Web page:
A warmer climate with more frequent extreme events and rainfall in Vancouver will have implications for how much we heat, cool and protect our homes.


Climate change could mean warmer homes, and lower winter heating costs.

In Vancouver, a warmer climate with more frequent extreme events and rainfall will have implications as to how much we heat, cool and protect our homes.

Warmer winters may result in less heating needs for our homes. Warmer summers may increase how much cooling we need. Incorporating green surfaces, vegetation and trees can help keep homes and neighbourhoods cooler while helping infiltrate anticipated heavy rains.

We are continuing to work on guidelines for homeowners and developers to ensure homes are resilient to the changing climate.

What we're expecting

Reduction in home heating needs.



More rain on the wettest days.

Source: Pacific Climate Impacts Consortium Climate Change (PCIC) | Read the PCIC summary

Urban Heat Island Effect

Rising temperatures contribute to the “Urban Heat Island Effect” - where dense urban areas with more impervious surfaces like concrete and tall buildings are hotter than surrounding areas. These areas are hotter because materials like concrete soak up and retain heat unlike trees, soil and other permeable surfaces.

Actions: how we're responding to changing heating and cooling needs

  • Our Climate Change Adaptation Strategy outlines how we are continuing to include climate change adaptation measures in the Vancouver Building Bylaw (VBBL) and zoning regulations
    • In 2014, we updated the Building Bylaw to include floodplain standards and requirements for floodplain areas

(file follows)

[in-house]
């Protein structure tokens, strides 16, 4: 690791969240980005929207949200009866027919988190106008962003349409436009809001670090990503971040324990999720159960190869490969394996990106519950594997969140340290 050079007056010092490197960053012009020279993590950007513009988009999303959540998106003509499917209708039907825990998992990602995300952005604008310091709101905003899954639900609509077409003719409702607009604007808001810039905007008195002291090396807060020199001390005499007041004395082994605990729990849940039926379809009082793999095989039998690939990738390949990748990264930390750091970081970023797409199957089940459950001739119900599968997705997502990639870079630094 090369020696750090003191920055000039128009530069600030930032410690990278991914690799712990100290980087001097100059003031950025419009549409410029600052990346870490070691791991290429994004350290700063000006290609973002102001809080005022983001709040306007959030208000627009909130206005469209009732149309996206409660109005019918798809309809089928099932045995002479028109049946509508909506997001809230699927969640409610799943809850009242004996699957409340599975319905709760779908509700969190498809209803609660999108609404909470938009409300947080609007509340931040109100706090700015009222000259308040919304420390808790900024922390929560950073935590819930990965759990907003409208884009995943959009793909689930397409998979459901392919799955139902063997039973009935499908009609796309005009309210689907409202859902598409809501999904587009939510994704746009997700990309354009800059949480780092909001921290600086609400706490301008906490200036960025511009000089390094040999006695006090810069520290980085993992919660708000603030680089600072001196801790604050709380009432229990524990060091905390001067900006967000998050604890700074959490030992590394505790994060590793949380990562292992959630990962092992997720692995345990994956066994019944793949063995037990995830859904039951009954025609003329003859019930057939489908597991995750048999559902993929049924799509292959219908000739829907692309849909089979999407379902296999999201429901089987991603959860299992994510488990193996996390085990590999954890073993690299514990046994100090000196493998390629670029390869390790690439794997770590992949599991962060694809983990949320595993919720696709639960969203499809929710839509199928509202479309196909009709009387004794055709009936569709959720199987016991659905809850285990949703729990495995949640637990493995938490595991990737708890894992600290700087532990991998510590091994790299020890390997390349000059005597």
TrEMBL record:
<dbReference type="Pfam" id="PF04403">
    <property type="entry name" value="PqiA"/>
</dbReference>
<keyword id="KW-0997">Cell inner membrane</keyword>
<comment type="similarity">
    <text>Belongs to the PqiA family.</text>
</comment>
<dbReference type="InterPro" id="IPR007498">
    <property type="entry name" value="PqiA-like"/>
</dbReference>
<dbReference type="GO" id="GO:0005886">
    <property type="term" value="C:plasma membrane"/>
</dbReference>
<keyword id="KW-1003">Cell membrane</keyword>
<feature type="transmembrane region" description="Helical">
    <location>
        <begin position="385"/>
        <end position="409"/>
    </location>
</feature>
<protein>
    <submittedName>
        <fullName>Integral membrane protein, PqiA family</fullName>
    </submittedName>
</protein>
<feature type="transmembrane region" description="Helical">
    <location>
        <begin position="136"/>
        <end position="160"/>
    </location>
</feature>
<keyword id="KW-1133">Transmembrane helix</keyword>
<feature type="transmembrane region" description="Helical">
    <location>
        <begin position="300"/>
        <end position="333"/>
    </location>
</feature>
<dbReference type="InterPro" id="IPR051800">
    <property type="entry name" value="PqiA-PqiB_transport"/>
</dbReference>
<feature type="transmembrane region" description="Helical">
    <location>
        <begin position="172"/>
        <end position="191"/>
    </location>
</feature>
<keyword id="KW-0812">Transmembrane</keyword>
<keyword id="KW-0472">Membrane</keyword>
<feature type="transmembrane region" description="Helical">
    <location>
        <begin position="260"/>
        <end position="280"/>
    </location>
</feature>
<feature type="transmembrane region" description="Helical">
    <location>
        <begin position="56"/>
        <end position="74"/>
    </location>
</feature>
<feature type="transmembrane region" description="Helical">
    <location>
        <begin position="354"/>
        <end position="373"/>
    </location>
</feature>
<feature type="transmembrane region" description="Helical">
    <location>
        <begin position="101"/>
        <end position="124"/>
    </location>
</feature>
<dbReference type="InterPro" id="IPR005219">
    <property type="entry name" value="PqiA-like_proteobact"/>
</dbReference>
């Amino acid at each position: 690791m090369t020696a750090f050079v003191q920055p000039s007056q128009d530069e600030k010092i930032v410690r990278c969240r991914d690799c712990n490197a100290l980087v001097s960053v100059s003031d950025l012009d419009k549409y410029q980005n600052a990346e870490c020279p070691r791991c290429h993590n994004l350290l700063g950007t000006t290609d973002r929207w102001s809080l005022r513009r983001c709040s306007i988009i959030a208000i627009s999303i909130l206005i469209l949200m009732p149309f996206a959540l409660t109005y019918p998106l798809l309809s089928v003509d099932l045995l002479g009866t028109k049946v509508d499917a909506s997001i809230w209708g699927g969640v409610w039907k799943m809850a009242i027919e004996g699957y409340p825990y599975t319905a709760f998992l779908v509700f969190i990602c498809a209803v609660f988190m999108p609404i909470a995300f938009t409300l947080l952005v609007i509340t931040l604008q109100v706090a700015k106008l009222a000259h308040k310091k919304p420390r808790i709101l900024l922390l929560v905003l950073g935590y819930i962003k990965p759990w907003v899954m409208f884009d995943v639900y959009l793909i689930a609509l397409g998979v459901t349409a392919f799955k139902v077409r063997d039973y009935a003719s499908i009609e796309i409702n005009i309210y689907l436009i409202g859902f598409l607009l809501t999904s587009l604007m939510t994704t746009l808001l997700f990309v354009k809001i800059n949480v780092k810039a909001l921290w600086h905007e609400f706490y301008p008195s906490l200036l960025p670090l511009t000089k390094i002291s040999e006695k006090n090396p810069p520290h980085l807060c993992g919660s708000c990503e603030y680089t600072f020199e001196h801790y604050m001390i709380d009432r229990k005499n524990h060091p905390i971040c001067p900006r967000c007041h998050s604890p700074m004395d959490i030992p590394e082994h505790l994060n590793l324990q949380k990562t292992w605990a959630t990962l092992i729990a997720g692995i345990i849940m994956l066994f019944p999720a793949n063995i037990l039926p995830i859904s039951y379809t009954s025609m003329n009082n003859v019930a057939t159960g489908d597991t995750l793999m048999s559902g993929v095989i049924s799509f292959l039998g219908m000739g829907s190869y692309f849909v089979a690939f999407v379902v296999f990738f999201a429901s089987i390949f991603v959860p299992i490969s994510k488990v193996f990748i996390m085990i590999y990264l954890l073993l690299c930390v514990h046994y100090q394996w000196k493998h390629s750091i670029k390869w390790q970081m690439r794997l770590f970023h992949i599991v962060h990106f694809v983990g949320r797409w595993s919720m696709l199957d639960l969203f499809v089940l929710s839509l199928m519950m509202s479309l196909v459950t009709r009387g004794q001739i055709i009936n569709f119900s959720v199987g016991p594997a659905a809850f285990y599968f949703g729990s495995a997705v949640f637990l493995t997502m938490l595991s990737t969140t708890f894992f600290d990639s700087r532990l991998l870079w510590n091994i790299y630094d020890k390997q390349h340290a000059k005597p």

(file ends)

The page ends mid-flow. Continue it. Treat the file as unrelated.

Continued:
• As sea levels rise, we are protecting future developments and making them more flood resistant.  
  • We support Certified Passive House standards in new homes to reduce the need for mechanical systems for heating, ventilation and cooling and increases the use of energy from naturally occurring phenomena.
    • Passive House buildings can be designed to deal with increasing solar heat.
    • Passive Houses have lower carbon footprints, reducing their contribution to climate change.
    • Passive House buildings address overheating, which may become a problem as temperatures rise.  
    • We amended the Zoning and Development Bylaw in the RS-1 District Schedule and developed Passive House Guidelines for RS-1
  • We are committed to expanding renewable energy systems across the city through neighborhood energy systems that provide heat to homes more efficiently and with a lower carbon footprint than natural gas. 

What you can do

  • Have a backflow check valve installed on your sewer connection to prevent sewer backflow during flooding and clean it regularly. This helps reduce home flooding during a storm event. 
  • Clean your ventilation system. A clean ventilation system delivers better quality air, improves comfort and reduces the energy needed to deliver heat.  
  • Flooding may become more common with climate change, so read a handbook on reducing basement flooding.
  • If you have a Heat Recovery Ventilator or furnace, clean the filters annually to maintain its efficiency and keep indoor air clean for your health.  
  • If you live in an older home with no insulation, have cellulose insulation blown in to walls and the attic. Insulation prevents heat loss, improves comfort, and lowers greenhouse gas emissions.